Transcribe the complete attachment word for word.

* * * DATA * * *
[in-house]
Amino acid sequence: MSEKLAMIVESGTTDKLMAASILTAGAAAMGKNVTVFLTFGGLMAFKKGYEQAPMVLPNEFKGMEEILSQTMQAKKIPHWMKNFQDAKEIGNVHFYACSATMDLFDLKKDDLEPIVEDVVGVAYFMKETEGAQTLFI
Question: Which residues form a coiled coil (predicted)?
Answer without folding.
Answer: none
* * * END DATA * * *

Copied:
[in-house]
Amino acid sequence: MSEKLAMIVESGTTDKLMAASILTAGAAAMGKNVTVFLTFGGLMAFKKGYEQAPMVLPNEFKGMEEILSQTMQAKKIPHWMKNFQDAKEIGNVHFYACSATMDLFDLKKDDLEPIVEDVVGVAYFMKETEGAQTLFI
Question: Which residues form a coiled coil (predicted)?
Answer without folding.
Answer: none